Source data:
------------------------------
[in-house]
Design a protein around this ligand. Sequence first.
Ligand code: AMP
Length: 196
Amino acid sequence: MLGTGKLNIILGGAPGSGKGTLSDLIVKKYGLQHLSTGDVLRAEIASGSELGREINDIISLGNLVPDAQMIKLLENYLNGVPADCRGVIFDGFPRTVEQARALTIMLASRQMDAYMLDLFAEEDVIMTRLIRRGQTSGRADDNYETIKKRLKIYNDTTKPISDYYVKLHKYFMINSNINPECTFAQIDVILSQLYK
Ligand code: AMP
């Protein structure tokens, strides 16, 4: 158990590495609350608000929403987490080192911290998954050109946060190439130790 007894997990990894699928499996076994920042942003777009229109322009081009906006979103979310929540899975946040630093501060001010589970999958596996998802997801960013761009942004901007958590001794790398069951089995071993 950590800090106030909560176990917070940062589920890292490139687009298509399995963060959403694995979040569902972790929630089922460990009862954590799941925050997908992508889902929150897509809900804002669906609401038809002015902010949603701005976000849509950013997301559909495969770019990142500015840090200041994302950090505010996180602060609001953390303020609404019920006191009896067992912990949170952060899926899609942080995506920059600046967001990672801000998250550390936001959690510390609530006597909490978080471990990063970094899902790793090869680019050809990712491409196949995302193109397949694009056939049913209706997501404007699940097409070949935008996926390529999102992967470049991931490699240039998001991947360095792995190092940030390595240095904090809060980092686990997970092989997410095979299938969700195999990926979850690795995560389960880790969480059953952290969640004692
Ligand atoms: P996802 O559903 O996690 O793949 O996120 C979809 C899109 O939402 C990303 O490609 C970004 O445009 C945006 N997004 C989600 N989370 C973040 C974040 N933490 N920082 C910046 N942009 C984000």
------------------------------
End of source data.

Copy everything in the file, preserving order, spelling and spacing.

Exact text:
[in-house]
Design a protein around this ligand. Sequence first.
Ligand code: AMP
Length: 196
Amino acid sequence: MLGTGKLNIILGGAPGSGKGTLSDLIVKKYGLQHLSTGDVLRAEIASGSELGREINDIISLGNLVPDAQMIKLLENYLNGVPADCRGVIFDGFPRTVEQARALTIMLASRQMDAYMLDLFAEEDVIMTRLIRRGQTSGRADDNYETIKKRLKIYNDTTKPISDYYVKLHKYFMINSNINPECTFAQIDVILSQLYK
Ligand code: AMP
């Protein structure tokens, strides 16, 4: 158990590495609350608000929403987490080192911290998954050109946060190439130790 007894997990990894699928499996076994920042942003777009229109322009081009906006979103979310929540899975946040630093501060001010589970999958596996998802997801960013761009942004901007958590001794790398069951089995071993 950590800090106030909560176990917070940062589920890292490139687009298509399995963060959403694995979040569902972790929630089922460990009862954590799941925050997908992508889902929150897509809900804002669906609401038809002015902010949603701005976000849509950013997301559909495969770019990142500015840090200041994302950090505010996180602060609001953390303020609404019920006191009896067992912990949170952060899926899609942080995506920059600046967001990672801000998250550390936001959690510390609530006597909490978080471990990063970094899902790793090869680019050809990712491409196949995302193109397949694009056939049913209706997501404007699940097409070949935008996926390529999102992967470049991931490699240039998001991947360095792995190092940030390595240095904090809060980092686990997970092989997410095979299938969700195999990926979850690795995560389960880790969480059953952290969640004692
Ligand atoms: P996802 O559903 O996690 O793949 O996120 C979809 C899109 O939402 C990303 O490609 C970004 O445009 C945006 N997004 C989600 N989370 C973040 C974040 N933490 N920082 C910046 N942009 C984000």